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Retinoid is a term used to describe Vitamin A and its chemical derivatives. Both the good and toxic effects of Vitamin A have been known for a long time. In the early 1900’s, a lack of Vitamin A was associated with cancer development and also with skin changes. Based on these findings, retinoids were studied as a treatment for skin disorders and cancer. One problem with natural occurring Vitamin A is that the amount needed to cause the good effects is close to that which causes the toxic effects. By the time enough is taken to achieve a clinical benefit, side effects such as headaches, bone pain, and bone changes begin to occur. To try to increase the amount of benefit and decrease the toxic side effects, researchers and pharmaceutical companies became interested in creating and studying synthetic derivatives of Vitamin A.
Retinoids work in several different ways by different mechanisms. These compounds are required for normal growth and development of many cells and tissues. Retinoids enhance the process of cell differentiation (the process by which cells grow and develop), so that for cells, which are not growing normally, the addition of retinoids can push their development towards normal. In many of the scaly skin conditions, such as ichthyosis, additional retinoid can help the skin cells grow more normally.
Several retinoids are used as drugs either topically (rub on) or systemically (delivered to the whole body, as in a pill). Retinoic acid (tretinoin, Retin A, Renova), is used as a topical treatment for acne and may help other skin conditions such as sun induced skin damage, and thick or scaly conditions such as ichthyosis. Isotretinoin (Accutane) is an oral medication used for a type of severe acne and may also help scaly skin conditions. Acitretin (Soriatane) is used for psoriasis, ichthyosis, and other skin disorders.
Systemic retinoid therapy almost always causes some side effects. Most are usually mild and easily controlled. The side effects include: dryness and scaling of the skin and mucous membranes; blood test abnormalities, such as increases in triglycerides and cholesterol, and abnormal liver function; and joint stiffness.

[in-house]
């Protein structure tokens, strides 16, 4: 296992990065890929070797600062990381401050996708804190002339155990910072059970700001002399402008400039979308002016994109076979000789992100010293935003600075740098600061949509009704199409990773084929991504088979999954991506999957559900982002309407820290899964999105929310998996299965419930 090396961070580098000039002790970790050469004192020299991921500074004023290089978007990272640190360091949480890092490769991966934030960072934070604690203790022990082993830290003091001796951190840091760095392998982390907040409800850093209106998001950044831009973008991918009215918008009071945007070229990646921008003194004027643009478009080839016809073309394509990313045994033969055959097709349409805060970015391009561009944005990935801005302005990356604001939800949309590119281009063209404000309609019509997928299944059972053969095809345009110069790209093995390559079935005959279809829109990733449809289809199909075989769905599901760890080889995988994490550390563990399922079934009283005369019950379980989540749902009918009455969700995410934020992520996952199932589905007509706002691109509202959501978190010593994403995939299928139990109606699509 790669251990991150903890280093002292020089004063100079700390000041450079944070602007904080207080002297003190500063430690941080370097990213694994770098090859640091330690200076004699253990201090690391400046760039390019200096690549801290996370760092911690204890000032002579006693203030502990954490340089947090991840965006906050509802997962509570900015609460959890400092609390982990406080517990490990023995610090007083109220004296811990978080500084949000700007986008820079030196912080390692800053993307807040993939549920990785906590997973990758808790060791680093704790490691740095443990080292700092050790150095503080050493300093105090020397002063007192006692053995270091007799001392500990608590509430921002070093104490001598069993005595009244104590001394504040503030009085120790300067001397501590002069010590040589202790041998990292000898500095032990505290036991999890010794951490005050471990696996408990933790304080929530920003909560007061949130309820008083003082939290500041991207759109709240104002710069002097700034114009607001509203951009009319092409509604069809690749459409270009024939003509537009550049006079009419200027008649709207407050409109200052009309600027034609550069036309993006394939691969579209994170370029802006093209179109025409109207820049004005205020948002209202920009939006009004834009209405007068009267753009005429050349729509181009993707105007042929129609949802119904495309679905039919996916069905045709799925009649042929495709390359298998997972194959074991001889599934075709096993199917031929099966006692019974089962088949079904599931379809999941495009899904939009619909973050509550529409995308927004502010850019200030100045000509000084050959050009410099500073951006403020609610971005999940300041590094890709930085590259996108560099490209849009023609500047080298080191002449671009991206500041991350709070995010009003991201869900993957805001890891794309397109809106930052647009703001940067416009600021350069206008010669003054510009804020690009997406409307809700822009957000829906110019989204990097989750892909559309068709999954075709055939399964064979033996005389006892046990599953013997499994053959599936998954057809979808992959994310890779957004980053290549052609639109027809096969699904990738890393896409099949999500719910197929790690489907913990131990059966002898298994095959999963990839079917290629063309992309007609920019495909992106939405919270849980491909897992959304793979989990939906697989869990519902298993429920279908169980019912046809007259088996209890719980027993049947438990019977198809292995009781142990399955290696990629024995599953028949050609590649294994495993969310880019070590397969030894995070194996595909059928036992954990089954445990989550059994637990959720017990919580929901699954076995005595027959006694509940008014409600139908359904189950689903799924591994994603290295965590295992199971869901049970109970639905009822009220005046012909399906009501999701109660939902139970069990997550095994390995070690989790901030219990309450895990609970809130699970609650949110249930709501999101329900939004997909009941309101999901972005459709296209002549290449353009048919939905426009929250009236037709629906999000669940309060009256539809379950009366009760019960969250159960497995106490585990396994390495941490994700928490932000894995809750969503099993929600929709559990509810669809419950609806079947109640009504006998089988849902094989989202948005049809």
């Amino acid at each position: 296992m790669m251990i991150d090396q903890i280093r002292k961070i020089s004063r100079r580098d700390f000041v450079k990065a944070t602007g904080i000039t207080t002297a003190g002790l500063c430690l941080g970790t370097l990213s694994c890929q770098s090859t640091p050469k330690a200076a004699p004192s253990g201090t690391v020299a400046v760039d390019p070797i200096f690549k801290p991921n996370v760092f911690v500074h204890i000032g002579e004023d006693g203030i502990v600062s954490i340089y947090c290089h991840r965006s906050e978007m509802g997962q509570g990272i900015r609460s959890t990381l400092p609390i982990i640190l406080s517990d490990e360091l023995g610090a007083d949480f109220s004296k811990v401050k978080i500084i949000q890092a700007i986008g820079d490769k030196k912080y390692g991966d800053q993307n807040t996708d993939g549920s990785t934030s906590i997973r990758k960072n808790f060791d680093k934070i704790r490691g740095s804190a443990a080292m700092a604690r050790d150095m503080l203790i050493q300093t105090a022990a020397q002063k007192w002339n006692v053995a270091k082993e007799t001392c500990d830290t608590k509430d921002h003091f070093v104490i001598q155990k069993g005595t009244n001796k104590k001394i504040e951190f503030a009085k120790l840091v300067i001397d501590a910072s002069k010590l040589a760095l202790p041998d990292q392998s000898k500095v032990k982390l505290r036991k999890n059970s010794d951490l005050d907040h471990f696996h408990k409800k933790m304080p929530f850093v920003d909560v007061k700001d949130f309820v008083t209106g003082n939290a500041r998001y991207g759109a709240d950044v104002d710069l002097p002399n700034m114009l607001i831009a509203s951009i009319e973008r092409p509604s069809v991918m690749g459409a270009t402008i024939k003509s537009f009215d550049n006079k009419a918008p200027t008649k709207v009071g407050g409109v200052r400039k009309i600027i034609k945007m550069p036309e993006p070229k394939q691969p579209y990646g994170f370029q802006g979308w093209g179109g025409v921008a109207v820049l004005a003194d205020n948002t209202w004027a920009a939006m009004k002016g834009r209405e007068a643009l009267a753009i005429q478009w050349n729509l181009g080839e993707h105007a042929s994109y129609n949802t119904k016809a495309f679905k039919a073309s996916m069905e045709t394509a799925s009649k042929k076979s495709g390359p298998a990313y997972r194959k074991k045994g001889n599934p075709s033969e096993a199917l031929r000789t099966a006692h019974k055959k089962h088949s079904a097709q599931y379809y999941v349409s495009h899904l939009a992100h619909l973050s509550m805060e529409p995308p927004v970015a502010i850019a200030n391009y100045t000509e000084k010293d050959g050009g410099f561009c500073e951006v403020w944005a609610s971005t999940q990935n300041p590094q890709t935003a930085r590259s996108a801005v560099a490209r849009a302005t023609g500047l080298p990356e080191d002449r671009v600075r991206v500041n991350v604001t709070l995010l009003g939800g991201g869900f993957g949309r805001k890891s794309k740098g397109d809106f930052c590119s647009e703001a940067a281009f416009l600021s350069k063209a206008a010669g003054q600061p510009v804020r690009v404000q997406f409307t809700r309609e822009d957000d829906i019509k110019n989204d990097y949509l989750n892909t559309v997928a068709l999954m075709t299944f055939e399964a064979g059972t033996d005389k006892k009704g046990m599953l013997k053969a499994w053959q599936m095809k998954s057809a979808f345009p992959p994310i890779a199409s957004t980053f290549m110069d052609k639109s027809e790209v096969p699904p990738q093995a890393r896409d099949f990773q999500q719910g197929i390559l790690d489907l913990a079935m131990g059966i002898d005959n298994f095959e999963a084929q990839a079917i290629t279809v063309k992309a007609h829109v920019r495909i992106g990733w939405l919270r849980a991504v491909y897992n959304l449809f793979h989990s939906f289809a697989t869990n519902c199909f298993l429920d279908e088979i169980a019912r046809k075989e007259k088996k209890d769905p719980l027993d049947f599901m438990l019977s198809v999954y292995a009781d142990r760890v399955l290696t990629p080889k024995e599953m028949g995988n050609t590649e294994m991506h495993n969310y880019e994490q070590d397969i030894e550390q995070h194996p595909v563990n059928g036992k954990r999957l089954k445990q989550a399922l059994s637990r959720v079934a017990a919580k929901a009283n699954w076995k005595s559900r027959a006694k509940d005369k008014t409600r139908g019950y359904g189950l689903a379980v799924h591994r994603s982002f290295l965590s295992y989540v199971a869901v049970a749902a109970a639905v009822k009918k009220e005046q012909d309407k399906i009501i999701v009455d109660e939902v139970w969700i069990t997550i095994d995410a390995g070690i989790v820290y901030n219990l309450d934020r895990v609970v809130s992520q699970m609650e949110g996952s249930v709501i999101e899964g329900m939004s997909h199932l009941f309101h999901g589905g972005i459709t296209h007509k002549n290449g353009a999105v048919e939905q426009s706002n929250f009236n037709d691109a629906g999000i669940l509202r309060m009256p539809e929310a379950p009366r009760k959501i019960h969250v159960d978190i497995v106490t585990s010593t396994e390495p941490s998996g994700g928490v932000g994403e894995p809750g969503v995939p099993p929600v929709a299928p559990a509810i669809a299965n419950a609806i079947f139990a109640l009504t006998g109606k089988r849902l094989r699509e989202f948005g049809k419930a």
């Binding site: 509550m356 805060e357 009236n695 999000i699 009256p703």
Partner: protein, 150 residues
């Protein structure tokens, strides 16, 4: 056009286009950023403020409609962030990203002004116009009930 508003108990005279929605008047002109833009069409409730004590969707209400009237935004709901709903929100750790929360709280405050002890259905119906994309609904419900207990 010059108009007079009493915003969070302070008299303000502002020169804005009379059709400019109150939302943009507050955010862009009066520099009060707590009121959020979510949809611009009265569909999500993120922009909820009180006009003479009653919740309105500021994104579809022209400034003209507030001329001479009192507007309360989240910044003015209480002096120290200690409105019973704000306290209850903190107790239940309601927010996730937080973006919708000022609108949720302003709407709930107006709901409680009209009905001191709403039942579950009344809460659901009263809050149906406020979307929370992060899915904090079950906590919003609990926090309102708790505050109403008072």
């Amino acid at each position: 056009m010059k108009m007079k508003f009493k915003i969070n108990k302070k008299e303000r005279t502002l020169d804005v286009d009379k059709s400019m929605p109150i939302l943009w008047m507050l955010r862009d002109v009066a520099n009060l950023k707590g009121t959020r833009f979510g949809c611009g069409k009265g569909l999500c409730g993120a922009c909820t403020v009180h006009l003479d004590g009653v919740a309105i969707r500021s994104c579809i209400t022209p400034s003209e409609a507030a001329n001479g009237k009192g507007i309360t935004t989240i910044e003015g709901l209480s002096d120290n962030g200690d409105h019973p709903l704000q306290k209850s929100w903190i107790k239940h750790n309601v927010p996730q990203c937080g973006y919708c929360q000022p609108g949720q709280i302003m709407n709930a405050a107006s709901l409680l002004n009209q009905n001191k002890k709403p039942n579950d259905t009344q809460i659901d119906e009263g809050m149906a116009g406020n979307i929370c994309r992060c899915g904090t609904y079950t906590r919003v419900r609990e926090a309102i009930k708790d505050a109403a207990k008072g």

Naturally occurring retinoids are important for the normal development of the fetus, but if a pregnant woman takes additional oral retinoids they can interfere with development and lead to birth defects. Even one pill of any retinoid taken during pregnancy can lead to severe birth defects such as a malformed brain, severe retardation, abnormal eyes, abnormal ears, and serious heart defects. Any woman of childbearing age must be on two effective forms of birth control while taking retinoids (birth control pills, implanted hormone therapy, condoms, diaphragms, etc.). In addition, certain retinoids can stay in the body for a very long time (possibly several years), and should not be taken by women who could possibly get pregnant without significant discussion with a physician and an understanding of the risks.
The retinoid drugs available today may be of some use to individuals with severe acne, psoriasis, ichthyosis and cancer. Whether retinoid treatment would be beneficial to you is something you need to discuss in great detail with your physician. The use of retinoids to treat your ichthyosis should be an informed, negotiated agreement between you and your physician. Retinoids should NEVER be taken except under the supervision of a doctor, and under strict guidelines, as outlined by the FDA and the drug company. Regular pregnancy tests must be done, as well as frequent visits to the doctor. Under no circumstances should retinoids be taken by anyone other than for whom the drug was prescribed.
This information was summarized from an article written by John J. DiGiovanna, MD, for an issue of the Ichthyosis Focus. The information herein was reviewed and revised by members of the Foundation for Ichthyosis & Related Skin Types, Inc. Medical & Scientific Advisory Board.
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This information is provided as a service to patients and parents of patients who have ichthyosis. It is not intended to supplement appropriate medical care, but instead to complement that care with guidance in practical issues facing patients and parents. Neither FIRST, its Board of Directors, Medical & Scientific Advisory Board, Board of Medical Editors, nor Foundation staff and officials endorse any treatments or products reported here. All issues pertaining to the care of patients with ichthyosis should be discussed with a dermatologist experienced in the treatment of their skin disorder.